New birth of freedom
By Trent Loos
Each year, as our nation celebrates Independence Day, my family is doing the same thing: heat checking and artificially inseminating cows. As June rolls to a close and for about two weeks, every morning at sunrise I am sitting in the saddle listening the birds sing, watching an occasional gobbler strut and hoping for a cow on two legs.
As I get older I become a better student of history. So this very morning as I am enjoying the various sights and sounds of nature around me, it dawned on me the importance of this day in our nation’s history.
It was 150 years ago on July 1, 1863, in Adams County, Pa., that a battle took place during the Civil War at Gettysburg. After three days of the most intense fighting the war had seen, 50,000 men lost their lives.
Whether you believe it was about state’s rights or the end of slavery or both doesn’t really matter. What matters is that those men died for a purpose and today, as a result, we have the strongest, most-free nation in the world to call home: the United States of America.
Meanwhile, back here at the ranch, I would argue that the lifestyle my family chooses is the most iconic of all when it comes to the symbol of freedom. All things associated with a horse are tied to freedom. The freedom of the feeling of sitting in the middle of section of land you owns with the cows you own and the freedom to use them and produce food as you see fit.
Every single day you and I, who so value those freedoms, grow more concerned about the erosion of what we hold dear as citizens—our rights. The truth of the matter is that we do not truly have the freedom to use our land and animals as we once did without social pressures. In fact, our mere survival in our chosen profession is without question more dependent on our neighbors and our association with others in our industry than ever before.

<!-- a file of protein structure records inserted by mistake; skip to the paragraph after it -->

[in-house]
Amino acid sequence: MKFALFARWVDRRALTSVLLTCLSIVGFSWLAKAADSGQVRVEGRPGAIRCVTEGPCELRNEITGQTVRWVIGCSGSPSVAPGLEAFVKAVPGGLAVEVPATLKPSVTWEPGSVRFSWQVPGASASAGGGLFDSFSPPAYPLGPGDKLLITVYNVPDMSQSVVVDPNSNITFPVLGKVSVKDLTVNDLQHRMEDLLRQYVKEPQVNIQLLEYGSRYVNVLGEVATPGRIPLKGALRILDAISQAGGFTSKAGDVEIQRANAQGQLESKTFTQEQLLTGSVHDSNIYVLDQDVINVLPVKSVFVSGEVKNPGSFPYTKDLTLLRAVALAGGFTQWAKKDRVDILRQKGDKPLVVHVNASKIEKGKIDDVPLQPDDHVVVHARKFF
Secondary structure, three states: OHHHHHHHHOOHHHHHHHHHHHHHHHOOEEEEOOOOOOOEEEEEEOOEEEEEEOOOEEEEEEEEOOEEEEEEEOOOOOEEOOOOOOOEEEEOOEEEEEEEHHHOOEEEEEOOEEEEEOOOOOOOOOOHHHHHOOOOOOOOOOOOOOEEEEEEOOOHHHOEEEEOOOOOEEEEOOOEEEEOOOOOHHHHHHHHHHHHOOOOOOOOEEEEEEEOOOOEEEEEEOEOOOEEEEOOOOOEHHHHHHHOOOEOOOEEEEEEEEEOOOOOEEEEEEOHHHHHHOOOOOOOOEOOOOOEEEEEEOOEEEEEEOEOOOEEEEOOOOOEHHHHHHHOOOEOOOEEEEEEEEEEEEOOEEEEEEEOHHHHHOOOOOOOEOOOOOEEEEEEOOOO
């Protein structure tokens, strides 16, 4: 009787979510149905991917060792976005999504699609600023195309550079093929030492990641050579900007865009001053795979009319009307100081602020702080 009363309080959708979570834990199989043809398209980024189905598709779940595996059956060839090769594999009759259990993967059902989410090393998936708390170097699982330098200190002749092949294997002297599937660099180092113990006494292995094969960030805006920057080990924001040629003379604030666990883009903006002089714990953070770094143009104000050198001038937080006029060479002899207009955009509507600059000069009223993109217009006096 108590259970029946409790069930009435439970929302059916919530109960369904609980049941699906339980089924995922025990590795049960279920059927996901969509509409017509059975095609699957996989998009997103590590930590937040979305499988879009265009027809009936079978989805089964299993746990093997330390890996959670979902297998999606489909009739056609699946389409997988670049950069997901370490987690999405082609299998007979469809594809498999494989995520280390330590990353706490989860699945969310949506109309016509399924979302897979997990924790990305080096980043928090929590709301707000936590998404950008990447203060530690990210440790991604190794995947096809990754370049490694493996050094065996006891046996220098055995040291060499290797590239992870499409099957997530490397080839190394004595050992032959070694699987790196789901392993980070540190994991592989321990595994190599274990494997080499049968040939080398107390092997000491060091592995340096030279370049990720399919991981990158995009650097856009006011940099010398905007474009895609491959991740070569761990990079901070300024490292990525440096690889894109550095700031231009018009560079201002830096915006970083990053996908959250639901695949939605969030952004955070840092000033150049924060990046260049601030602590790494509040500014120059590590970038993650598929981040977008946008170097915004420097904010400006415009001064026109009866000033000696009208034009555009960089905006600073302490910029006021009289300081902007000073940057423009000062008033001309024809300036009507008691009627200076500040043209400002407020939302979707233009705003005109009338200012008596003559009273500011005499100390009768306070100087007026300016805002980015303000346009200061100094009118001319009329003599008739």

Gen. Robert E. Lee of the Confederate Army of Northern Virginia made the decision to make a bold move to take the North on their own soil. The North, led by Major Gen. George Meade, out-flanked them and pushed the wounded back south with a wagon train of wounded that was 17 miles long. Keep in mind that the Battle of Gettysburg occurred in the middle of the four-year war, but without question it was the turning point. It is reported that Gen. Robert E. Lee was constantly on the defensive from that point until his surrender in spring of 1865.
Folks, we have an attack again today on the very freedoms we celebrate as a nation of independent citizens. No matter how much we dislike the fact, some of our freedoms as farmers, ranchers and citizens will only be preserved with our forces teaming up strategically. I hope we all give some serious thought to the long-term plan of this nation in order to preserve what so many before us have sacrificed to create.
“It is rather for us to be here dedicated to the great task remaining before us—that from these honored dead we take increased devotion to that cause for which they gave the last full measure of devotion—that we here highly resolve that these dead shall not have died in vain—that this nation, under God, shall have a new birth of freedom—and that government of the people, by the people, for the people, shall not perish from the earth.”—Abraham Lincoln
Happy Independence Day, America!
Editor’s note: Trent Loos is a sixth generation United States farmer, host of the daily radio show, Loos Tales, and founder of Faces of Agriculture, a non-profit organization putting the human element back into the production of food. Get more information at www.FacesOfAg.com, or email Trent at firstname.lastname@example.org.